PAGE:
+1 for "replacement for declaring functions in general is a misuse". –  John Buchanan Dec 9 '11 at 18:12
    
Can you cite some proof for "delegates introduce an indirection that is not as fast to execute as a plain old method" please? –  James P. Wright Dec 9 '11 at 19:07
1  
Action/Func are implemented as delegates. Delegates are implemented in IL as compiler-generated classes with an Invoke() method. Calling foo() when foo is a delegate actually compiles down to calling foo.Invoke(), which in turn calls the destination code. If foo is an actual method instead of a delegate, calling foo() calls directly to the destination code with no Invoke() intermediate. See ILDASM for proof. –  dthorpe Dec 9 '11 at 19:32
    
"For performance, delegates introduce an indirection " Any good references, unit tests, studies about it? –  Kiquenet Jul 8 '14 at 9:31
1  
@Kiquenet ECMA 335, Part II 14.6. ecma-international.org/publications/standards/Ecma-335.htm –  dthorpe Jul 14 '14 at 18:51

The short answer is that, in general, it is not better. I agree with your team mates.

I don't think your question is the right one. Rather than asking why is it better (believe me it is not in most cases), you might ask WHEN is it better.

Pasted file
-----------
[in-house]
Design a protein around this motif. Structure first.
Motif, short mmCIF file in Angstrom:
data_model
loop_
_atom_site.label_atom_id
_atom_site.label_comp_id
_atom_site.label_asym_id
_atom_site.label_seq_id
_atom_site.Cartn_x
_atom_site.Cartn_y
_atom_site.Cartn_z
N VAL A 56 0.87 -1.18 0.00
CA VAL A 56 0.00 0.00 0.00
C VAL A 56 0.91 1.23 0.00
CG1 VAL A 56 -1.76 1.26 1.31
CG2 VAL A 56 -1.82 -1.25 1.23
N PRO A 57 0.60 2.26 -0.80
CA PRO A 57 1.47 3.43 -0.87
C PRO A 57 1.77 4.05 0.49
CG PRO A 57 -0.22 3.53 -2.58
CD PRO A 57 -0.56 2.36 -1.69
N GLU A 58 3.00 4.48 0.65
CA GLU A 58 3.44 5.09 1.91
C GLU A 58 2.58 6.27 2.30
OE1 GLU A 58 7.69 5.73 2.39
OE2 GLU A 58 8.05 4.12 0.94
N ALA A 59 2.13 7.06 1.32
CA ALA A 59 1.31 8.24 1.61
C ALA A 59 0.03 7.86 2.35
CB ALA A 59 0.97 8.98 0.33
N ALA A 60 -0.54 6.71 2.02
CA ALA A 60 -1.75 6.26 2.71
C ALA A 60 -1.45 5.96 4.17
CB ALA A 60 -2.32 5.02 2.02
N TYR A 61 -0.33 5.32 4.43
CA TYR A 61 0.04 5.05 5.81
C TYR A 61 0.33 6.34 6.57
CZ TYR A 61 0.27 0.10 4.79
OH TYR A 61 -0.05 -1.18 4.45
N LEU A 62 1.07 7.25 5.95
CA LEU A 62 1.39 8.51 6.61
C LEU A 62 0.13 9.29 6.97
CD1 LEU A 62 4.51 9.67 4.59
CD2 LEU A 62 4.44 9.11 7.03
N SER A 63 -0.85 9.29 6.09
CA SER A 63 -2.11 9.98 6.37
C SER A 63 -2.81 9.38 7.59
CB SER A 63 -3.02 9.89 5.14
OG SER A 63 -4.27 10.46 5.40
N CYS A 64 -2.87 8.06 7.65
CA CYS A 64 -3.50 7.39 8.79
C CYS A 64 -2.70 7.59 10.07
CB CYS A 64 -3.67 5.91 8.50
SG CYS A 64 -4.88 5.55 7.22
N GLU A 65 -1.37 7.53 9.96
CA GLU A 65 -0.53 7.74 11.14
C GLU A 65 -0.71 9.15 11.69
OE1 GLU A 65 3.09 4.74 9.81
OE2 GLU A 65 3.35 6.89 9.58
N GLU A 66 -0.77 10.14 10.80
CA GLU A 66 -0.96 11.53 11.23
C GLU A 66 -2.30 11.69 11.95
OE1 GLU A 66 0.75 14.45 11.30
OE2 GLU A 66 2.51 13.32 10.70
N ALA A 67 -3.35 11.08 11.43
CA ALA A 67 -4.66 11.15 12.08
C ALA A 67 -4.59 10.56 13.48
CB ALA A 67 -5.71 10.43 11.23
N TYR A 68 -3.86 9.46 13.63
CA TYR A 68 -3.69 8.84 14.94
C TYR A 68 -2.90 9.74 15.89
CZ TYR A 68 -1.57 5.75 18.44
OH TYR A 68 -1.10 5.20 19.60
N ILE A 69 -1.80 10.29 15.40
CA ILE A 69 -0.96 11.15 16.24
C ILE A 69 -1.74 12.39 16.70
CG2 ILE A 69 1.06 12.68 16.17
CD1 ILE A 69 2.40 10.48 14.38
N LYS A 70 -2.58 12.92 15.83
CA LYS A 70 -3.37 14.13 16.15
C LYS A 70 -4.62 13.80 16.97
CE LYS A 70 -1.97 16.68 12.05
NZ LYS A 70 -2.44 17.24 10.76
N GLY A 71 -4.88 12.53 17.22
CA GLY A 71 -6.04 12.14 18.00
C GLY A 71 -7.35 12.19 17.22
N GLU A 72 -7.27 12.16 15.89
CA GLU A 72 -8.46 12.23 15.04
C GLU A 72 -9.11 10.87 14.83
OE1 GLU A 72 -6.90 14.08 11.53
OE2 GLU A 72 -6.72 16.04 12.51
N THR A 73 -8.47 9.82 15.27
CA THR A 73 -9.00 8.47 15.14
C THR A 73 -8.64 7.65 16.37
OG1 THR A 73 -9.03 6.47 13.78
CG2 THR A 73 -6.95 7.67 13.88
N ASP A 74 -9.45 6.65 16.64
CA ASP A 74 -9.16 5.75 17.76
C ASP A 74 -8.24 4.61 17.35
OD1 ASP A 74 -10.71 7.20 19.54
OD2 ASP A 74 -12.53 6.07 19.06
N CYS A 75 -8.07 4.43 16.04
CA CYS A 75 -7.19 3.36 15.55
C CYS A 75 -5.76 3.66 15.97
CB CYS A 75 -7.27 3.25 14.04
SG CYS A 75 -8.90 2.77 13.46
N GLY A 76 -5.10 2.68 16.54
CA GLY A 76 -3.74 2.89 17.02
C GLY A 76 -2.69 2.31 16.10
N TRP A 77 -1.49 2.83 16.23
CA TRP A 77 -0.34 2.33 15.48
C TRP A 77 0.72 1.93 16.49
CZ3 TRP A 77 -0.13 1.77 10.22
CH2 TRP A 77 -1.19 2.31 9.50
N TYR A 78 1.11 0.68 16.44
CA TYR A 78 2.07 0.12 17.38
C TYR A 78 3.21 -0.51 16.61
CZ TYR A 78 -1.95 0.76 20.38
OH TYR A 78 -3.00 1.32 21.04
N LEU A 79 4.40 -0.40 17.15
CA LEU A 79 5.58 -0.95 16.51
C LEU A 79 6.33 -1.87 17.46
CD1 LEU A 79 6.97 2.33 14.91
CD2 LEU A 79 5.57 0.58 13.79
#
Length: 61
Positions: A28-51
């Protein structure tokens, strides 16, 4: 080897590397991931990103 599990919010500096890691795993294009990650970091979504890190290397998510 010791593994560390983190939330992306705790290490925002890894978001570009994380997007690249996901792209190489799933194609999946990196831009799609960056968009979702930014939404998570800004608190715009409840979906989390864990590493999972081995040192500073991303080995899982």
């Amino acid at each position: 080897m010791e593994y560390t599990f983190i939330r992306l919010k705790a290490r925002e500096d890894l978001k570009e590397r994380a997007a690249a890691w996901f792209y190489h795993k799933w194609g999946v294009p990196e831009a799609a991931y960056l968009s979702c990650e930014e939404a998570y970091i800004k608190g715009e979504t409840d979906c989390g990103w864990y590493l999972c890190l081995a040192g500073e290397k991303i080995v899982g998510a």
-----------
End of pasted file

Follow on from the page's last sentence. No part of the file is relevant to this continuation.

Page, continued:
Now, there are of course times where they are extremely useful, like in LINQ when methods take in a Func, writing a quick lambda is great.

This is far more readable and maintainable:

var myQuery = Customers.Where(x => x.ID == 3).First();

than the alternative:

public bool FilterByID3(Customer cust)
{
  return cust.ID == 3;
}

    var myQuery = Customers.Where(FilterByID3).First();

In most other cases, it is much more readable/maintainable to use functions.

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3  
+1 from me. I find functions more readable. Also, how do document-generators handle actions? Do they? –  Moo-Juice Dec 9 '11 at 18:03

Pros

  • Closures
    • This does not help your case though.
  • Super-private methods -- only the defining method can call it.
    • This is easily countered with the Single Responsibility Principle though. You're likely combining what should be a different class in an entire method.
  • Callbacks
    • These can also easily be methods.

Cons

  • Readability is lessened, in my opinion, because of the excess indentation (I'm not a fan).
  • Debugging becomes a little harder because your call stack is less intuitive especially when you have multiple Func/Action's defined.

You'll have to over come the cons in your environment.

I'm curious about your "more up-to-date coding practice" argument. Just because you can do this as much as possible doesn't mean you should.